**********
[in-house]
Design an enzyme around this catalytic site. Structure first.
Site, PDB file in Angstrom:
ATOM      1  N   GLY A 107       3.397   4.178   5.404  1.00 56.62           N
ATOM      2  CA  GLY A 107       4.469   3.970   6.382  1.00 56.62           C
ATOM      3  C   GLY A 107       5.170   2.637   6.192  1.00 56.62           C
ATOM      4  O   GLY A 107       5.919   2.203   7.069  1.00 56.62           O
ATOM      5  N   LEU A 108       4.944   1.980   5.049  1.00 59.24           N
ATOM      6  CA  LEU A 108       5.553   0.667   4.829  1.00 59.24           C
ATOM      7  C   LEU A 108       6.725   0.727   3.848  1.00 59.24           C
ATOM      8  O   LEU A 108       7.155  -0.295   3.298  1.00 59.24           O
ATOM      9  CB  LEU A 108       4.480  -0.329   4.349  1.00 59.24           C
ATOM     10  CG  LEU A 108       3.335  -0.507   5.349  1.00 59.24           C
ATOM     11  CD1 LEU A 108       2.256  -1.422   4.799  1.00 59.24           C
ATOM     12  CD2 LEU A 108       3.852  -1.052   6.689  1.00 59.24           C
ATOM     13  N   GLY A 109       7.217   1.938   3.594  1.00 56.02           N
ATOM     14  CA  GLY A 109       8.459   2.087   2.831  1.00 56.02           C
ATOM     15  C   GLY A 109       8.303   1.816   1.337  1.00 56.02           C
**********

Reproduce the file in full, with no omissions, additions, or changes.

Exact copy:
[in-house]
Design an enzyme around this catalytic site. Structure first.
Site, PDB file in Angstrom:
ATOM      1  N   GLY A 107       3.397   4.178   5.404  1.00 56.62           N
ATOM      2  CA  GLY A 107       4.469   3.970   6.382  1.00 56.62           C
ATOM      3  C   GLY A 107       5.170   2.637   6.192  1.00 56.62           C
ATOM      4  O   GLY A 107       5.919   2.203   7.069  1.00 56.62           O
ATOM      5  N   LEU A 108       4.944   1.980   5.049  1.00 59.24           N
ATOM      6  CA  LEU A 108       5.553   0.667   4.829  1.00 59.24           C
ATOM      7  C   LEU A 108       6.725   0.727   3.848  1.00 59.24           C
ATOM      8  O   LEU A 108       7.155  -0.295   3.298  1.00 59.24           O
ATOM      9  CB  LEU A 108       4.480  -0.329   4.349  1.00 59.24           C
ATOM     10  CG  LEU A 108       3.335  -0.507   5.349  1.00 59.24           C
ATOM     11  CD1 LEU A 108       2.256  -1.422   4.799  1.00 59.24           C
ATOM     12  CD2 LEU A 108       3.852  -1.052   6.689  1.00 59.24           C
ATOM     13  N   GLY A 109       7.217   1.938   3.594  1.00 56.02           N
ATOM     14  CA  GLY A 109       8.459   2.087   2.831  1.00 56.02           C
ATOM     15  C   GLY A 109       8.303   1.816   1.337  1.00 56.02           C